Captain Stephen Moore hails Australia over defensive display against Wales
Australia captain Stephen Moore has hailed the Wallabies' defensive resilience that thwarted Wales and kept them on course for a possible third world title.
Although five Bernard Foley penalties saw Australia home 15-6 at Twickenham, it was a remarkable seven-minute spell of stonewall defence that held the key to victory.
Scrum-half Will Genia and lock Dean Mumm had received yellow cards in rapid succession, yet despite Wales pummelling away at their line, Australia somehow held out through a 13-man effort that bordered on the heroic.
"It is one of the best wins I've been involved with in this team. I am so proud of all the boys," Moore said.
"We had to defend there with 13 players for long periods, and I am really proud about how we stuck in for each other.
"The guys just kept getting up off the ground and making tackles. It's nothing too complicated, we just kept working hard for each other."
Lock Kane Douglas was in the thick of Australia's defensive rearguard as Wales found themselves repeatedly denied. On three occasions, they went over the Wallabies' line, but could not ground possession.
"It was tough," Douglas said. "We had to dig deep - we had to do a few big scrums.
"It was pretty satisfying, eventually getting the ball out of our own end and getting the turnover. We were in a pretty tough position.
"I can't put the nail on exactly what it was. I think 'Cheikie' (Australia head coach Michael Cheika) brings a pretty good culture, everyone has bought into it and it's a really good feeling.
"It was just one job at a time, focus on the scrum."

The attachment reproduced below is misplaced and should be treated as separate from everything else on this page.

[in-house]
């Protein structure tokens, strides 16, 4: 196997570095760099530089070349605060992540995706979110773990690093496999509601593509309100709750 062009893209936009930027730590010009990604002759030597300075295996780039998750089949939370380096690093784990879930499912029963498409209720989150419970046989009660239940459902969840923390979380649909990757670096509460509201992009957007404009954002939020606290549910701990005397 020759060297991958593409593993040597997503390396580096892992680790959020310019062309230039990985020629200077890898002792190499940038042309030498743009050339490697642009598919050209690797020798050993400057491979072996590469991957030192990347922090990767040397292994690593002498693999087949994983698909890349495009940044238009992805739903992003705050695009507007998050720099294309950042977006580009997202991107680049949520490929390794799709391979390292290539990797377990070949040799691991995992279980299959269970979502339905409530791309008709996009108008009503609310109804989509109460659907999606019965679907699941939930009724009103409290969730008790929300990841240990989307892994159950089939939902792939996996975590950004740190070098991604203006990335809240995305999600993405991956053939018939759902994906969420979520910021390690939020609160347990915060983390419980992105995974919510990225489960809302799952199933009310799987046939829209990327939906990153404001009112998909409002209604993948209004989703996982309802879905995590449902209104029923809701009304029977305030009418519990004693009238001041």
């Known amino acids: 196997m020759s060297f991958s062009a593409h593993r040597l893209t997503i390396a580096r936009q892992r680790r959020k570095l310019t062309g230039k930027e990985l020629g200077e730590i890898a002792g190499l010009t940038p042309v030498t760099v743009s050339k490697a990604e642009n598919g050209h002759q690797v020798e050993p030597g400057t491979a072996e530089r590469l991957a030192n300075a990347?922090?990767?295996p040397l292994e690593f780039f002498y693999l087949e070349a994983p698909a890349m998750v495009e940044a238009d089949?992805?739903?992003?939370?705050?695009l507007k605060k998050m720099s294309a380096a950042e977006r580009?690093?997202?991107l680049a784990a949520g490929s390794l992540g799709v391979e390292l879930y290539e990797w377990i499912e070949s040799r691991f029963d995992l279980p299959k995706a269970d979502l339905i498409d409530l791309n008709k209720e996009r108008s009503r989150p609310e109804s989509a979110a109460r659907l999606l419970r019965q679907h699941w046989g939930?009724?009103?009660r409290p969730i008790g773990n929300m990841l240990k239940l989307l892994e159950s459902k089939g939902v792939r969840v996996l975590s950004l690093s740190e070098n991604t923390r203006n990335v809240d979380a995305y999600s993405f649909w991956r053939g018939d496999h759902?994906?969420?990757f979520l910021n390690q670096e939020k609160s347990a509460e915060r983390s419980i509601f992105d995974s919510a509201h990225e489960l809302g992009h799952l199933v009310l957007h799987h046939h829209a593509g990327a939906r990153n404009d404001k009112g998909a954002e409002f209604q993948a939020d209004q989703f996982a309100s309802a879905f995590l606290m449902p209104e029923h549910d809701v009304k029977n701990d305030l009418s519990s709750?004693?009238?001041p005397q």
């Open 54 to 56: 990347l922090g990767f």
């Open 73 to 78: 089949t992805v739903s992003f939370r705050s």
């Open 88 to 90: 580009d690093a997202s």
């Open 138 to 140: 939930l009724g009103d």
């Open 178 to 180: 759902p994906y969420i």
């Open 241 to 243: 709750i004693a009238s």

And wing Drew Mitchell said: "We have been working on those situations in training, and we have the belief to get through those situations.
"It was a great moment for the group, and a real tip of the hat for the guys out there at the time."
Australia's win was in stark contrast to their record 33-13 triumph against England seven days previously.
Whereas that performance proved to be an all-singing, all-dancing affair as they repeatedly shredded England's defence, the Wales success was based on defensive power and mental strength.
Given the combination of both rugby styles, it is little wonder that Australia are now fancied by many to add another World Cup triumph to their portfolio following victories in 1991 and 1999.
No country has ever won the World Cup three times, but Australia have now given themselves potentially an easier route to the final, with Scotland next Sunday, then France, Ireland or Argentina in their way.
"It just shows the hard work we have put in over the last few months, and the work that Michael Cheika has been doing since he joined," Wallabies prop Sekope Kepu said.
"There is belief and trust in the squad, and we are ready to dig deep for each other. It shows the character of the team - never taking a backward step."